Whether you have a desktop PC or a server, Microsoft’s free Diskspd utility will stress test and benchmark your hard drives. It helps us find which of our hard drives is the fastest, and is it really as fast as the manufacturer promised.
Downloading The Diskspd
After downloading it, extract the contents of the .zip file to a folder on your computer. Note that the archive contains three different “diskspd.exe” files.
- The one in the “amd64fre” folder is for 64-bit Windows PCs
- The one in the “x86fre0” folder is for 32-bit Windows PCs.
Diskspd has been tested to work on desktop versions of Windows 7, 8, 8.1, 10, as well as Windows Server 2012, 2012 R2, and 2016 Technical Preview 5.
Why Diskspd Is The Best Choice?
- Diskspd makes an excellent tool to know the IO ability of your drives.
- Diskspd will tell you the maximum capacity a server’s hard drives can handle, or point you at the fastest hard drive you should use for heavy workloads (or just demanding PC gaming) on a desktop PC.
Example : Assume that we have three drives on a server, an F drive, G drive and C drive. If we have our MDF on the F drive, the LDF on the G drive and our OS on our C drive, we can evaluate whether our setup is effective. So if the MDF file is the busiest file with the most reads and writes then we would want it to be on the fastest drive.
So from the above example with the graphs (representing the writes and reads for the OS, LDF and MDF), we would place our MDF file on the fastest drive since our MDF is the busiest. If our Diskspd analysis showed that F was our fastest drive then MDF should be placed on drive F.
Performing The Stress Test
To perform a single test : Simply invoke a Diskspd command from an Administrator-enabled Command Prompt.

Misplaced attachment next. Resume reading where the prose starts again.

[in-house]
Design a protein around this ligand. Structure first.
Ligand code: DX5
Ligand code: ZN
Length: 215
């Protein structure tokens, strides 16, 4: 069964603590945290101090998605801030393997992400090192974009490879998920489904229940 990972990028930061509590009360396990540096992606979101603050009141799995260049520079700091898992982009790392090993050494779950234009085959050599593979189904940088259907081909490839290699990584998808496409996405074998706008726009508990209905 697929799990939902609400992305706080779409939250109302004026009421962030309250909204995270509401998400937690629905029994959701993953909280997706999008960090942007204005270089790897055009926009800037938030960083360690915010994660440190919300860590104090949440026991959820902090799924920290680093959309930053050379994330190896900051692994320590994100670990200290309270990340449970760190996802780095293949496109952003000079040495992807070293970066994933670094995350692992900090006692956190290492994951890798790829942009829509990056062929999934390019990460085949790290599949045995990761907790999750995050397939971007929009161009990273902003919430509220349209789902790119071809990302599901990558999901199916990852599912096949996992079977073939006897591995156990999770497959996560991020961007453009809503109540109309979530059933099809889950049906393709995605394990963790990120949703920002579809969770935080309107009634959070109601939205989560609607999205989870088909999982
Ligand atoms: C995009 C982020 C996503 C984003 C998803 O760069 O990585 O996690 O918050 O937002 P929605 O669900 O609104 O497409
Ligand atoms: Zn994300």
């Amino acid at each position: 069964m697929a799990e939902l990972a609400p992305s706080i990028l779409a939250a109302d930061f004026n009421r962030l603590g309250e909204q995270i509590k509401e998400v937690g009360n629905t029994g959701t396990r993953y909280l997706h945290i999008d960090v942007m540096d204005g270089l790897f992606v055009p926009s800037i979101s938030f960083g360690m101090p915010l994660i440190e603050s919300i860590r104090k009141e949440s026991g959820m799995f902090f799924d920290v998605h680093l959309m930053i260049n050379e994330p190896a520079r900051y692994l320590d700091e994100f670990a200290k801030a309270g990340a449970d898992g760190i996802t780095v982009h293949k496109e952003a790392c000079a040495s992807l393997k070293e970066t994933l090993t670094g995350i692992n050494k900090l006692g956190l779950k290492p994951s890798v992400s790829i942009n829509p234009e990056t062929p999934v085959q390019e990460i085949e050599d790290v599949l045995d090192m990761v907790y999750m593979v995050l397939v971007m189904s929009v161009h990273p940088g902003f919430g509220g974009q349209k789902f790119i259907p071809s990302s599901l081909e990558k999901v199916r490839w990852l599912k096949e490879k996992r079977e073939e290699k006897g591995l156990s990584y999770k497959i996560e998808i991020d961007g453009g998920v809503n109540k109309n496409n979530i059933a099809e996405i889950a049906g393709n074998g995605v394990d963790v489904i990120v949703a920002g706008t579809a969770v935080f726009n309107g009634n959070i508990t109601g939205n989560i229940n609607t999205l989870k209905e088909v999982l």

- On Windows 10 or 8.1 – Right-click the Start button and select Command Prompt (Admin).
- On Windows 7 – Go to start andtype cmd , right click on cmd and choose Run as administrator
cd to switch to the directory containing the Diskspd.exe you want to use:
Now you can run the Diskspd command with the options you want to use. You will find a complete list of command line options and usage information in the 30-page DiskSpd_Documentation.pdf file included in the Diskspd archive you downloaded.
An Example Command
The following command sets the block size to 16K (-b16K), runs a 30 second test (-d90), disables hardware and software cashing (-Sh), measures latency statistics (-L), uses two IO requests per thread (-o2) and four threads (-t4) per target, uses random access rather than sequential writing (-r), performs 30% write operations and 70% read operations (-w30).
It creates a file at c:\testfile.dat of 50 MB in size (-c50M). If you wanted to benchmark your D: drive instead then specifiy it as d:\testfile.dat
Diskspd.exe -b16K -d90 -Sh -L -o2 -t4 -r -w30 -c50M c:\testfile.dat
After however long you specify the result will display after that time. In the above test–the test results will be printed to the Command Prompt after 90 seconds as specified (-d90) and you can view them.
Consult the results and you will see the average MB/s the drive reached during the test–how many write operations were performed a second, how many read operations were performed a second, and the total amount of input/output (IO) operations per second.
These statistics are most useful when comparing multiple drives to see which is faster for certain operations, but they will also tell you exactly how much IO a hard drive can handle.
With the > operator you can save the result to a text file and view it later. The below command runs the same command as above and places the results in the C:\testresults.txt file.
Diskspd.exe -b16K -d90 -Sh -L -o2 -t4 -r -w30 -c50M c:\testfile.dat > c:\testresults.txt
Now repeat the same procedure for other drives to compare the results and come to a conclusion on which drive has the best performance.
Source : How-to-geek
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